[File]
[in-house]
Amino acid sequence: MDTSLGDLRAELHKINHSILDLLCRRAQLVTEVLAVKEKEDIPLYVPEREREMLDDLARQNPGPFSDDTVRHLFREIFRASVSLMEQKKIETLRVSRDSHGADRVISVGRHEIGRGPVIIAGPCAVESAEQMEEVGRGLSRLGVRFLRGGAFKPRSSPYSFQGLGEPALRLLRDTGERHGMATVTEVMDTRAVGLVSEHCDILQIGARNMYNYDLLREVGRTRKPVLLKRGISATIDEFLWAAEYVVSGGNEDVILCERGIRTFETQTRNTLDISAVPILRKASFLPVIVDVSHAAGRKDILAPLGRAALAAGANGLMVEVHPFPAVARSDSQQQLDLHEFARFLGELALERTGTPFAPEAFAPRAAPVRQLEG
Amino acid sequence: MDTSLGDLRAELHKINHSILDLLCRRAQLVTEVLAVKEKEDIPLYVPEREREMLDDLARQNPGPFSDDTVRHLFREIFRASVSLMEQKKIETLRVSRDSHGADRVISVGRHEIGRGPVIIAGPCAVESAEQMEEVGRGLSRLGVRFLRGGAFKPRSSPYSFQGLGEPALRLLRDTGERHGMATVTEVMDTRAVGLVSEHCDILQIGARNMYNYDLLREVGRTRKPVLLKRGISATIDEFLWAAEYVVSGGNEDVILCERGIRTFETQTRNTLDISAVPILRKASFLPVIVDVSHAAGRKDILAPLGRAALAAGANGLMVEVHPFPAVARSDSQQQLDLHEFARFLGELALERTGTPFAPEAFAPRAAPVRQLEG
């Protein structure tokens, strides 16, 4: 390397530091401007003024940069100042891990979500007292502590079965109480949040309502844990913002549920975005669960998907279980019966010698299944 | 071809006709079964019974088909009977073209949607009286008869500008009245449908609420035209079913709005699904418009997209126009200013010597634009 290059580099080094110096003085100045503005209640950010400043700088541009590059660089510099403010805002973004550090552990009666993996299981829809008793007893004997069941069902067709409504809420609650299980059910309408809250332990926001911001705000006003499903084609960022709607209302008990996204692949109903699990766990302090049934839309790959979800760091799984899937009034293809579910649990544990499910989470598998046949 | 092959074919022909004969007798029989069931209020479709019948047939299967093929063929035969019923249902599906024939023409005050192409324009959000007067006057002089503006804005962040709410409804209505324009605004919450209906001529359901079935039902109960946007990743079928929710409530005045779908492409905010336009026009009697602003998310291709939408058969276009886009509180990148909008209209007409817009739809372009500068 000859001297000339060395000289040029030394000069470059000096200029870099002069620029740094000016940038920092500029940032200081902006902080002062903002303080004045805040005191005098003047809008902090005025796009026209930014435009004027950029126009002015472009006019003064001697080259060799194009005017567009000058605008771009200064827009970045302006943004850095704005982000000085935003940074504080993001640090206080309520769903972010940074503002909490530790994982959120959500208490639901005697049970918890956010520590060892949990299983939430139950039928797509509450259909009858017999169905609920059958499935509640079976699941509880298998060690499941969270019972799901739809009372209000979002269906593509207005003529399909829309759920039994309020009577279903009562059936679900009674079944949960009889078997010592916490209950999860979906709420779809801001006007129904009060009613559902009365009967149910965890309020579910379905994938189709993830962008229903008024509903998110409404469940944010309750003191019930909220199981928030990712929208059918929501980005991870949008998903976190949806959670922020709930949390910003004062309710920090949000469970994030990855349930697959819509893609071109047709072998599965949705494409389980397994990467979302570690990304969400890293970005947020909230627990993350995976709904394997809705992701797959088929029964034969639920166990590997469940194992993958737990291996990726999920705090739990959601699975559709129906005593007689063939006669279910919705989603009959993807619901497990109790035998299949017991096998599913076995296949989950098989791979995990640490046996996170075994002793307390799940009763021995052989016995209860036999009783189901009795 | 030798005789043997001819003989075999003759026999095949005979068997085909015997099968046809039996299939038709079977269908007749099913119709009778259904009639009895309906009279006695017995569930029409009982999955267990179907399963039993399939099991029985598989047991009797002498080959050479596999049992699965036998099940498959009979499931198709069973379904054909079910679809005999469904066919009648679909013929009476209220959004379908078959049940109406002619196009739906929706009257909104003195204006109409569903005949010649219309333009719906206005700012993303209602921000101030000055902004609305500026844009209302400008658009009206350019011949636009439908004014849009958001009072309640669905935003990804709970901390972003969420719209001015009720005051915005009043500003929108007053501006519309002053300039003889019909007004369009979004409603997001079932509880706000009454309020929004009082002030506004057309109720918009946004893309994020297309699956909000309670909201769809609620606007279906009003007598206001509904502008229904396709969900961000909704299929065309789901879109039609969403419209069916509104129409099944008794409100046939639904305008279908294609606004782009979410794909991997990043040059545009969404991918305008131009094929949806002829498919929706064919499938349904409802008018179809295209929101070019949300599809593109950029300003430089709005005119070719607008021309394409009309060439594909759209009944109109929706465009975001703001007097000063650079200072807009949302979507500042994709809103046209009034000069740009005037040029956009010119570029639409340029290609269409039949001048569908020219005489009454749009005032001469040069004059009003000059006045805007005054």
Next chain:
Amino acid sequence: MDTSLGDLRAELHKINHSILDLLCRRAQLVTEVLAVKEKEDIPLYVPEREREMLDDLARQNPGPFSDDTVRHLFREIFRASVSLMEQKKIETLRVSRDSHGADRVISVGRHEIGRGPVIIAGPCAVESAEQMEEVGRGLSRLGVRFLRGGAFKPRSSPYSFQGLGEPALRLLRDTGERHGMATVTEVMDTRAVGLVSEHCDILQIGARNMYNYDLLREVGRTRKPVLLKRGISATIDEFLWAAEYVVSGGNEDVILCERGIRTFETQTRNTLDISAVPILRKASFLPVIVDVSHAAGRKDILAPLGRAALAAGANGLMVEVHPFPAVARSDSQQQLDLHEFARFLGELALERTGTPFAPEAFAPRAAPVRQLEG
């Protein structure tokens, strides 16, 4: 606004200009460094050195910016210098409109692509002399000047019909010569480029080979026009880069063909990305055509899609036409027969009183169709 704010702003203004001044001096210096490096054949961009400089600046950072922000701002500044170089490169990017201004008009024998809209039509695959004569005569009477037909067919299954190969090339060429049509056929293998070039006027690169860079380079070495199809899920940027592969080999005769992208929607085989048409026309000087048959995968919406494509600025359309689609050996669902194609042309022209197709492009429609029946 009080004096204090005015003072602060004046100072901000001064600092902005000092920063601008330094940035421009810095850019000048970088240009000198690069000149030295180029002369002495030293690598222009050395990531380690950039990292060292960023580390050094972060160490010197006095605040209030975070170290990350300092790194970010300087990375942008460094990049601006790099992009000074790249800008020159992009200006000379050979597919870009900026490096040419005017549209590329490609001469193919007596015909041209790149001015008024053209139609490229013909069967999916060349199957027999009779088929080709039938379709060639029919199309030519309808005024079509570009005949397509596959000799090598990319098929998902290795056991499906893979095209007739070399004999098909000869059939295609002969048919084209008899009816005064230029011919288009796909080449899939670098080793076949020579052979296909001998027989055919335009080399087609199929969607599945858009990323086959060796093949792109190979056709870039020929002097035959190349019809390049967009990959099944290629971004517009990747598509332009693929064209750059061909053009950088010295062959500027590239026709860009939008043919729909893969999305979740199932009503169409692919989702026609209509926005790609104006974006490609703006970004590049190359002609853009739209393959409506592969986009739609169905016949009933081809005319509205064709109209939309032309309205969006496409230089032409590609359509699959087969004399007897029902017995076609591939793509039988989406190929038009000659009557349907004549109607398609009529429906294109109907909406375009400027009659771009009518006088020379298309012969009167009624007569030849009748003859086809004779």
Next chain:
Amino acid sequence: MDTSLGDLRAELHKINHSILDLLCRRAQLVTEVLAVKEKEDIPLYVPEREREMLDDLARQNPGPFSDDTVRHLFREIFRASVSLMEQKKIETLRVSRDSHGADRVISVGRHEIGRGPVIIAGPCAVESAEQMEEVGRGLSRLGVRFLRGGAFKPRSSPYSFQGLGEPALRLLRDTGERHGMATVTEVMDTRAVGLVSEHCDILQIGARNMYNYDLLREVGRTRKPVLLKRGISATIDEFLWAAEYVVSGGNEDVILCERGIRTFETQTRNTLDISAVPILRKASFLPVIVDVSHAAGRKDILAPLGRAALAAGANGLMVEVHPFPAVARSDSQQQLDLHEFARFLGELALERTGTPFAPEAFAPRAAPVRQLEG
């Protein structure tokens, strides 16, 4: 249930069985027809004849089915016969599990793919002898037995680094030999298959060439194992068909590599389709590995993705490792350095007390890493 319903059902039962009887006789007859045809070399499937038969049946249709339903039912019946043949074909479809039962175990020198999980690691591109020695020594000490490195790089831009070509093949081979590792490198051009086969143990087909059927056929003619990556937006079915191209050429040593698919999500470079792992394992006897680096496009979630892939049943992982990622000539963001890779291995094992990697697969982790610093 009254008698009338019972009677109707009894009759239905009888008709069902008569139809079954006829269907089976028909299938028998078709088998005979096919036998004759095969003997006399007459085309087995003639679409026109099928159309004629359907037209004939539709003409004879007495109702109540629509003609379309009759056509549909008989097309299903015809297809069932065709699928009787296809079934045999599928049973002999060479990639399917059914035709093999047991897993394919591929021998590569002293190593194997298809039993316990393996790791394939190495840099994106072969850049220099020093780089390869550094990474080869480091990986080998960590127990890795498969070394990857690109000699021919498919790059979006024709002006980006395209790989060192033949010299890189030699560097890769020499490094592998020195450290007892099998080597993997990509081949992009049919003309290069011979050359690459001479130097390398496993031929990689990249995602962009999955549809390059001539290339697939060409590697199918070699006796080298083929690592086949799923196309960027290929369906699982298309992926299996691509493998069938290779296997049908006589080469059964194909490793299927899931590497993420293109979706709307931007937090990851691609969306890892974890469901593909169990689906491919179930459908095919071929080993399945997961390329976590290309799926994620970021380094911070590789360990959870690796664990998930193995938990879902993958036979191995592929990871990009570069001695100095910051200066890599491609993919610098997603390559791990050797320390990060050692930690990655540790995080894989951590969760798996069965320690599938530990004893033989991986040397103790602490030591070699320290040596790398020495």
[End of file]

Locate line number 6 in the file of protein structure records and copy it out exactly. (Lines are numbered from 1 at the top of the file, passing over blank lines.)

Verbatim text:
Amino acid sequence: MDTSLGDLRAELHKINHSILDLLCRRAQLVTEVLAVKEKEDIPLYVPEREREMLDDLARQNPGPFSDDTVRHLFREIFRASVSLMEQKKIETLRVSRDSHGADRVISVGRHEIGRGPVIIAGPCAVESAEQMEEVGRGLSRLGVRFLRGGAFKPRSSPYSFQGLGEPALRLLRDTGERHGMATVTEVMDTRAVGLVSEHCDILQIGARNMYNYDLLREVGRTRKPVLLKRGISATIDEFLWAAEYVVSGGNEDVILCERGIRTFETQTRNTLDISAVPILRKASFLPVIVDVSHAAGRKDILAPLGRAALAAGANGLMVEVHPFPAVARSDSQQQLDLHEFARFLGELALERTGTPFAPEAFAPRAAPVRQLEG